“Protecting the integrity of our game is vital, and we intend to study his findings and recommendations, and will not comment until we have done so.” This is how owners and general managers are being advised to address the media in wake of Senator George Mitchell’s 20-month report on the “Steroids Era” in baseball. Some 60 to 80 players are rumored to have been implicated in the report, a significant number considering the difficulty in obtaining information from the secretive locker room culture.

Whatever information he has been able to procure will be worthy of praise. To reach his conclusions, Senator Mitchell has been grappling with the mightiest labor organization in America: The MLB Players’ Union. The Union had to be consulted prior to Mitchell speaking to any player. Using its contractual obligations to protect the players it represents, the union was a worthy adversary to Mitchell’s fact-finding investigators.

The difficulties in reaching this point are obvious. Both players and owners have entrenched interests in such a report never seeing the light of day, so any report at all could be viewed as cause for celebration. The owners are financially invested in the integrity of the game and don’t want to be viewed as swindlers profiting from the artificial glory of the steroids era. The players, like the pack animals they are, are seeking to protect their own at any cost: even their own integrity.

This will, in baseball’s eyes at least, bring closure to arguably the biggest black-eye in sports history. Finally names will be named. Who cares? If they aren’t all cheaters than they were all cowards. How did so many men sit by and watch America’s past time have its integrity pissed on by a bunch of ‘roid heads who lacked the ability to establish their own legacy in the game without the assistance of science? How many players were reassigned to Triple-A while frauds dressed as ball players stole their jobs? No one spoke up?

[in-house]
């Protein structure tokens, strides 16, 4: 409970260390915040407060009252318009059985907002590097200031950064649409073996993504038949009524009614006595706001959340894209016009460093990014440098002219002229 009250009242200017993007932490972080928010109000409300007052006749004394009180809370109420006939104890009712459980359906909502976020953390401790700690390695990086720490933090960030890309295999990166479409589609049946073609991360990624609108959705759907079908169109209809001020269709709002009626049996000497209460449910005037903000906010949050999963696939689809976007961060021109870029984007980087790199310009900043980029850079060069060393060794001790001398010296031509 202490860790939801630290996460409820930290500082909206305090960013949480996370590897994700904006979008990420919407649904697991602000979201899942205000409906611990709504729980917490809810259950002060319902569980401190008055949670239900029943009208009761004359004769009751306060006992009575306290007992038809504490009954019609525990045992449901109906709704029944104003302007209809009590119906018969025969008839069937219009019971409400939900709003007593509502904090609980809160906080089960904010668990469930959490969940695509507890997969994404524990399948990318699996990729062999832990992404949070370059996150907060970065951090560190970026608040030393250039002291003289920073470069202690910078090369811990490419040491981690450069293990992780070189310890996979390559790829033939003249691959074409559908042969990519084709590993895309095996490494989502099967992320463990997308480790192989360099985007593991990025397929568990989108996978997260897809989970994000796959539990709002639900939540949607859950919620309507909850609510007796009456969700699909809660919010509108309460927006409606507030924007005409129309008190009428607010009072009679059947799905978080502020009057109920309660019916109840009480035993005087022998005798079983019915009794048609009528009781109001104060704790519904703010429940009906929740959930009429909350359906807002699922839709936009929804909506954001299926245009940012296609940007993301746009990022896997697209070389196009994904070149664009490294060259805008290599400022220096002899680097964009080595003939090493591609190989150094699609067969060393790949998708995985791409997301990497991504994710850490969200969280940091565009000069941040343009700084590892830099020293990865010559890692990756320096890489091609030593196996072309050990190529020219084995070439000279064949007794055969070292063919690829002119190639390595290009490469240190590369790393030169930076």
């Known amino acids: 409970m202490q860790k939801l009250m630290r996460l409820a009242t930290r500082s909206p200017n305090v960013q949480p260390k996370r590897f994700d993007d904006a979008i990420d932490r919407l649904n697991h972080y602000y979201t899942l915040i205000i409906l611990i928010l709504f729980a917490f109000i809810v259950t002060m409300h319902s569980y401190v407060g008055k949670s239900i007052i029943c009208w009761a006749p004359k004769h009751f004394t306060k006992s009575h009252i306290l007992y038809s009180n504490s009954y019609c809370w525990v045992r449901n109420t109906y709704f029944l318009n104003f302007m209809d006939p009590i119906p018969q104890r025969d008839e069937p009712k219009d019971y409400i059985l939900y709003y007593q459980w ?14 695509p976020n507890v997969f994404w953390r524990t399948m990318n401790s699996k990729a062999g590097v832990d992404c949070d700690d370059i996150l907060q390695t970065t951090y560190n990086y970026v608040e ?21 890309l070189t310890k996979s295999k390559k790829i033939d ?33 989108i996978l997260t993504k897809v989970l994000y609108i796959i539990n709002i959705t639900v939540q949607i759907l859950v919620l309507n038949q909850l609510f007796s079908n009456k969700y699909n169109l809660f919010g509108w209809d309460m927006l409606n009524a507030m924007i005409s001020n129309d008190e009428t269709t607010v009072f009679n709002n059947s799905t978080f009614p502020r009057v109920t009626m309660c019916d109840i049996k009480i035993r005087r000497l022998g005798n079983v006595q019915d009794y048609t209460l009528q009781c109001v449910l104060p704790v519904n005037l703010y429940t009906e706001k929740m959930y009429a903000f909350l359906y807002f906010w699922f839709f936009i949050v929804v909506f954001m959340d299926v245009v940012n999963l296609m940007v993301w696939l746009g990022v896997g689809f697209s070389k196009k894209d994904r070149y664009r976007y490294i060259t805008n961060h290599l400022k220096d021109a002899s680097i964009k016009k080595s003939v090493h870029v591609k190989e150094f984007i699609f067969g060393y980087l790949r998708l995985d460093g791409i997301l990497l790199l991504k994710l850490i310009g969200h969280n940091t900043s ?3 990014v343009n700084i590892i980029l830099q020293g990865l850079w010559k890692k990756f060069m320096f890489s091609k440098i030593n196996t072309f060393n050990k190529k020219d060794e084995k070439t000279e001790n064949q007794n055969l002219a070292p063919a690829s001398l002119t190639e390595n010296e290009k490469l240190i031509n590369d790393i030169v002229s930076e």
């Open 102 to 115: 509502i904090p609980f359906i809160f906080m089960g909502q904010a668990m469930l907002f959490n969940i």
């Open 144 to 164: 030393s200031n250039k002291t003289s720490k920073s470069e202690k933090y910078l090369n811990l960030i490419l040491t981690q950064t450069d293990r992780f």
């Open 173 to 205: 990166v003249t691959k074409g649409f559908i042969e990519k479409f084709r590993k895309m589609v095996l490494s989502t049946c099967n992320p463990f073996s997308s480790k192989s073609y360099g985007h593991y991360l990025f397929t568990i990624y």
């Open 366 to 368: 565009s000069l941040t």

How did the owners oversee such poorly managed teams that illegal drugs could permeate the everyday environment of their workplaces? Oh, that’s right, it lined their pockets. But even still, a few of them must have had some moral objection. Some of them must have considered the ramifications of such chicanery.

Where were the journalists? Balls were flying out at a clip of unseen proportions and the common fans investigative arm sat on its duff writing lofty, praising articles about the magic of the 1998 home run race. McGwire and Sosa weren’t magicians, they were con men masquerading as heroes. None of you caught wind of this until the damage had been done? If pestilence like this had spread in any other industry I would like to believe that journalists, protectors of the public, would have been quicker to sniff it out.

How does Bud Selig still have a job?

To their credit, they did have the Players’ Union to deal with. A union representing all that can go wrong when workers unite. It has used its power not to do what is best for its members, but to stifle dissent and protect the integrity of those who have soiled the integrity of everyone.

While this report may satisfy our national blood-lust, the real damage has already been done. No report released over a decade after the fact will do anything but confirm what we already know: All that is necessary for the triumph of evil is that good men do nothing.